ANCOR is sharing this article by the Associated Press (AP) because a fair amount of people with intellectual and developmental disabilities of all adult ages are provided services in nursing homes. While this article is more focused on the aging sector, ANCOR is also sharing it because it reflects a broader political environment in Congress, focused on oversight for federally-funded programs, including Medicaid. Medicaid funds the majority of disability supports in the U.S. Last week Congress also sent a notice about the release of these lists to ANCOR as one of the premiere health associations on Capitol Hill.
As written by the AP:
“The federal government for years has kept under wraps the names of hundreds of nursing homes around the country found by inspectors to have serious ongoing health, safety or sanitary problems.
Nearly 400 facilities nationwide had a “persistent record of poor care” as of April, but they were not included along with a shorter list of homes that get increased federal scrutiny and do have warning labels, according to a Senate report released Monday.
Budget cuts appear to be contributing to the problem by reducing money available for the focused inspections that are required for nursing homes on the shorter list, according to documents and interviews.
The secrecy undermines the federal commitment to ensure transparency for families struggling to find nursing homes for loved ones and raises questions about why the names of some homes are not disclosed while others are publicly identified, according to two senators who released the report on Monday.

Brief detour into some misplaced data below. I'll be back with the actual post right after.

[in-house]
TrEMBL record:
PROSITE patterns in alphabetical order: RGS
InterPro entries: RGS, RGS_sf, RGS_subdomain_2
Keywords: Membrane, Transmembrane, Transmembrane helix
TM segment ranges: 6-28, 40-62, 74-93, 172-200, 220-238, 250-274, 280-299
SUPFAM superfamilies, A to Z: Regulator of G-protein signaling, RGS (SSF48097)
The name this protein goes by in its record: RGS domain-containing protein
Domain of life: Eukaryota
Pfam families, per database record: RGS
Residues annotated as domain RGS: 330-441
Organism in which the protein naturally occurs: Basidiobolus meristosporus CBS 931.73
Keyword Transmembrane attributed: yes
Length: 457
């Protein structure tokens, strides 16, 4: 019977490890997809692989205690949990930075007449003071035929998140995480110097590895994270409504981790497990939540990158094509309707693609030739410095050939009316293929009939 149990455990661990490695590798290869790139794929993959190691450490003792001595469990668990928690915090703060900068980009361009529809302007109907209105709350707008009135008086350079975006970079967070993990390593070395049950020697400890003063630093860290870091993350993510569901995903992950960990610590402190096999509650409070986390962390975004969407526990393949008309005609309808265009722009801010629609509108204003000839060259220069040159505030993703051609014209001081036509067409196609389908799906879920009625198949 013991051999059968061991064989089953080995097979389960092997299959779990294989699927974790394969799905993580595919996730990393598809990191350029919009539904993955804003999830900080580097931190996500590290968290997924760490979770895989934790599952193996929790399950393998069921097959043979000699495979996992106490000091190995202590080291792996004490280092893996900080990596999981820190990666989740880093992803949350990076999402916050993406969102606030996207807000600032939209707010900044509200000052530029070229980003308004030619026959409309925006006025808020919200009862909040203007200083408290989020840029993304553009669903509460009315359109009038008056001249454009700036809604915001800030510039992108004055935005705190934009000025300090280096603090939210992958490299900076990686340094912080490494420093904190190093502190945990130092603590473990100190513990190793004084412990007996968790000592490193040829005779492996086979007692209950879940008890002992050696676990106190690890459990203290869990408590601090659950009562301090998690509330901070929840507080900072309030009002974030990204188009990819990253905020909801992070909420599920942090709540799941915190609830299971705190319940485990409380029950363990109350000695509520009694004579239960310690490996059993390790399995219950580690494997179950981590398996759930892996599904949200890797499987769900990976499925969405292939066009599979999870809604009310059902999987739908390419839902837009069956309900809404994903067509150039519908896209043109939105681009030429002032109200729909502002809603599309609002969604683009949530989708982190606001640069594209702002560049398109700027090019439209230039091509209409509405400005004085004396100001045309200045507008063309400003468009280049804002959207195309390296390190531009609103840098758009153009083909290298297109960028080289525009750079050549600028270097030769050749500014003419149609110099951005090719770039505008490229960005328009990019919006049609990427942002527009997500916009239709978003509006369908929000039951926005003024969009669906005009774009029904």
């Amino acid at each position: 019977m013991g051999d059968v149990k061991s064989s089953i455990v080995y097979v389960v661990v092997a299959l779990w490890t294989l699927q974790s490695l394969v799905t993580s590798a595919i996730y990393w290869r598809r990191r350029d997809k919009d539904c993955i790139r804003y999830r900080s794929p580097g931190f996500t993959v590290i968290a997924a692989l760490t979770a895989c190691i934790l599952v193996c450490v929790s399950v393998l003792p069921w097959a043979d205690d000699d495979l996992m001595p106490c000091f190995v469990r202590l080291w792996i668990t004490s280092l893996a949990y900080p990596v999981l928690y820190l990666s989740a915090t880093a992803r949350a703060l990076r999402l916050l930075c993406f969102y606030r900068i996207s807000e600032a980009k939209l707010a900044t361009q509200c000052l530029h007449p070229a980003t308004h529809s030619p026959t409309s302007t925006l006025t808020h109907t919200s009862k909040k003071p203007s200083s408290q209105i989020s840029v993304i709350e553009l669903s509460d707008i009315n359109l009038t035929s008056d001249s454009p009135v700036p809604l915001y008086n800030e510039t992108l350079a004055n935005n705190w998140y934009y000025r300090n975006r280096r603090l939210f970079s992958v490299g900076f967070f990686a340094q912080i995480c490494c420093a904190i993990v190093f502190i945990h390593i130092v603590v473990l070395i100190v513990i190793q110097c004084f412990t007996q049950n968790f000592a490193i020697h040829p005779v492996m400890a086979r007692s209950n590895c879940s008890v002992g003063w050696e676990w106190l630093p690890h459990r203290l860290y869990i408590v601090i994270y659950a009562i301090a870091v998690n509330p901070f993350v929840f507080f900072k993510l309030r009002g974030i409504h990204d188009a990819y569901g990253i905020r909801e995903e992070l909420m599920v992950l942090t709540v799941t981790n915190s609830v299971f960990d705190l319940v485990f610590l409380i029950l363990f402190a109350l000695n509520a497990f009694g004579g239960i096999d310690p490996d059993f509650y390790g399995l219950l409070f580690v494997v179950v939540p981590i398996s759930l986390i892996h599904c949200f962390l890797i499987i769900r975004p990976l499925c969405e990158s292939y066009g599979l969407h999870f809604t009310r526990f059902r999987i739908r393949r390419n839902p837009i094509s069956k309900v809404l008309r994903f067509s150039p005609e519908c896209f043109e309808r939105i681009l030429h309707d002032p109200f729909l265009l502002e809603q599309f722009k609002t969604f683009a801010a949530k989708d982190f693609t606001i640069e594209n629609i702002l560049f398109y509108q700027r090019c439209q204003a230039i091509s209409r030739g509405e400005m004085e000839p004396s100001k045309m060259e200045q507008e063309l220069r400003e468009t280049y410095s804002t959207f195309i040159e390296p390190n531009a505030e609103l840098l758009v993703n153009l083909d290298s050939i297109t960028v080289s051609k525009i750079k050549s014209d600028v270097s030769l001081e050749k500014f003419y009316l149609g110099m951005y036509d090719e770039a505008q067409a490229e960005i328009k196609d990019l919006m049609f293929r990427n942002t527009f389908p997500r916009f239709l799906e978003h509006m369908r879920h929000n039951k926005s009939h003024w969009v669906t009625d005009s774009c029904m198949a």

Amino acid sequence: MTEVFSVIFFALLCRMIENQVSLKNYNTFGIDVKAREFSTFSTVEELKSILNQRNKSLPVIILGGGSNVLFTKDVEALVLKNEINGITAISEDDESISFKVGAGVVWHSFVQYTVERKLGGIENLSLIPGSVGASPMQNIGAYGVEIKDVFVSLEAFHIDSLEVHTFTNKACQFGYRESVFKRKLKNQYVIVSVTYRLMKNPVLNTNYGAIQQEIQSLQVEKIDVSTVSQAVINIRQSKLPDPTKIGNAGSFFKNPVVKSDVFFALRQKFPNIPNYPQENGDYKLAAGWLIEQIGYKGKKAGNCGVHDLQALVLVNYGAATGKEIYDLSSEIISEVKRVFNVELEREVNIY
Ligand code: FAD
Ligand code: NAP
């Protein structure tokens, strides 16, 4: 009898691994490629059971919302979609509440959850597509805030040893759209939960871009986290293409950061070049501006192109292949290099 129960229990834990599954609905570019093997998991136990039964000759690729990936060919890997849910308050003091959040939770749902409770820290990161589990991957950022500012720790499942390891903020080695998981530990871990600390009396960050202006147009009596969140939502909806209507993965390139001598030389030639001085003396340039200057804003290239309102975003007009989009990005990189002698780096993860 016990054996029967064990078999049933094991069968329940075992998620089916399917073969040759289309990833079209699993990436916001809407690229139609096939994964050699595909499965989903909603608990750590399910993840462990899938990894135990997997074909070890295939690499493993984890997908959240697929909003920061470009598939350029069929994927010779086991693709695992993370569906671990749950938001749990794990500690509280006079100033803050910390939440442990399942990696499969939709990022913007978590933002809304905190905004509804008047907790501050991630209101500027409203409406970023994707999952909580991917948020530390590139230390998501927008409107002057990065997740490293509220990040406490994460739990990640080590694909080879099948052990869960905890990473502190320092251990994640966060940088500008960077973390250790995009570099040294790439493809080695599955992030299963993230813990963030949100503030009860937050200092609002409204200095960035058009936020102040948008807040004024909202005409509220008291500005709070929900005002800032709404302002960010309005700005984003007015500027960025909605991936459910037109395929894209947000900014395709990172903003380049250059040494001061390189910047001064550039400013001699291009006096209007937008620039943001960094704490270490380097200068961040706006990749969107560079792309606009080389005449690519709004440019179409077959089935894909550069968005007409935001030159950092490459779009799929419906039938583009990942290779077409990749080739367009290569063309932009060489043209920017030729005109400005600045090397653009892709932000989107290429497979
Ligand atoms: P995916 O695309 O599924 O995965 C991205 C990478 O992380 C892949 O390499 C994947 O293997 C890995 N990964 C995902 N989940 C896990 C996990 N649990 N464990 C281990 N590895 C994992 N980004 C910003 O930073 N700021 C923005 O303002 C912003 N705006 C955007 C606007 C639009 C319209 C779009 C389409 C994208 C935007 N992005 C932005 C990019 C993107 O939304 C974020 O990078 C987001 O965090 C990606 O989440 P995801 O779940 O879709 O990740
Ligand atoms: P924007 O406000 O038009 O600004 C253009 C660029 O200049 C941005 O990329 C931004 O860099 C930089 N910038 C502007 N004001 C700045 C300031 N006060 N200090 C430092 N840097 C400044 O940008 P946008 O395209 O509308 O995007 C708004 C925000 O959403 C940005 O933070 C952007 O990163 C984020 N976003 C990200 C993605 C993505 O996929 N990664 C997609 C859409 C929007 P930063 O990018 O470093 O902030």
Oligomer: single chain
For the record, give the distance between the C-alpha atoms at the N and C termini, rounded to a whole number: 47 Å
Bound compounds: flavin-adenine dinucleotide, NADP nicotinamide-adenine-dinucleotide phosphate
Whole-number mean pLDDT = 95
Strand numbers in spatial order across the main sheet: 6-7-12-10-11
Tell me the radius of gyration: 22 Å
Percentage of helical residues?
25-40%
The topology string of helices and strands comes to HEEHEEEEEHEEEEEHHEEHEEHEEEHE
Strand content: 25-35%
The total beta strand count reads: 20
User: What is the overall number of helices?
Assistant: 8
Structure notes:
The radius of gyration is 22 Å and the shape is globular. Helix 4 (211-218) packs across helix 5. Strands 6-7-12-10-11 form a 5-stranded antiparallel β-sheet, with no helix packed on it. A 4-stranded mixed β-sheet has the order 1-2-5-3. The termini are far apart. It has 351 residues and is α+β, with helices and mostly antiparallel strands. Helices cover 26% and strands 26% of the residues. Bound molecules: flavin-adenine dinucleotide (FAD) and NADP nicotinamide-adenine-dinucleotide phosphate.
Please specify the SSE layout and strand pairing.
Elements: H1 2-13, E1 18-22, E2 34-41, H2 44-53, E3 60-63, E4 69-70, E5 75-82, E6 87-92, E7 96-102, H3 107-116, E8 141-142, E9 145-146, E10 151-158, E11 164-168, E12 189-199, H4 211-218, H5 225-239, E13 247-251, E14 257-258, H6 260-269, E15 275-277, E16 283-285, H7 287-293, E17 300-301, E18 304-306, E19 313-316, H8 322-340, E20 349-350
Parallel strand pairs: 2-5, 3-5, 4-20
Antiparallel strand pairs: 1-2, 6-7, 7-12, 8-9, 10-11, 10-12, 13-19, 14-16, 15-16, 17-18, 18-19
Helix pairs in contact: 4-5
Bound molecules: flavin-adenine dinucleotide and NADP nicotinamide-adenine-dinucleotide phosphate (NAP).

‘We’ve got to make sure any family member or any potential resident of a nursing home can get this information, not only ahead of time but on an ongoing basis,’ said Sen. Bob Casey, D-Pa., who along with Sen. Pat Toomey, R-Pa., issued the report.
The senators released a list provided them by the Centers for Medicare and Medicaid Services, or CMS, of nursing homes with documented problems whose names were not publicly disclosed by the government.
About 1.3 million Americans are nursing home residents, cared for in more than 15,700 facilities. The senators’ report noted that problem nursing homes on both lists account for about 3 percent.
CMS does publicly disclose names of a smaller group of about 80 nursing homes that are getting special scrutiny to help them resolve documented quality problems. They’re in what’s called the Special Focus Facility program. Nursing homes that don’t improve can be cut off by Medicare and Medicaid.”
Note that Politico Pro has reported that CMS will begin publishing monthly updates to the aforementioned list of roughly 400 nursing homes. CMS has not stated when it would begin publishing the list.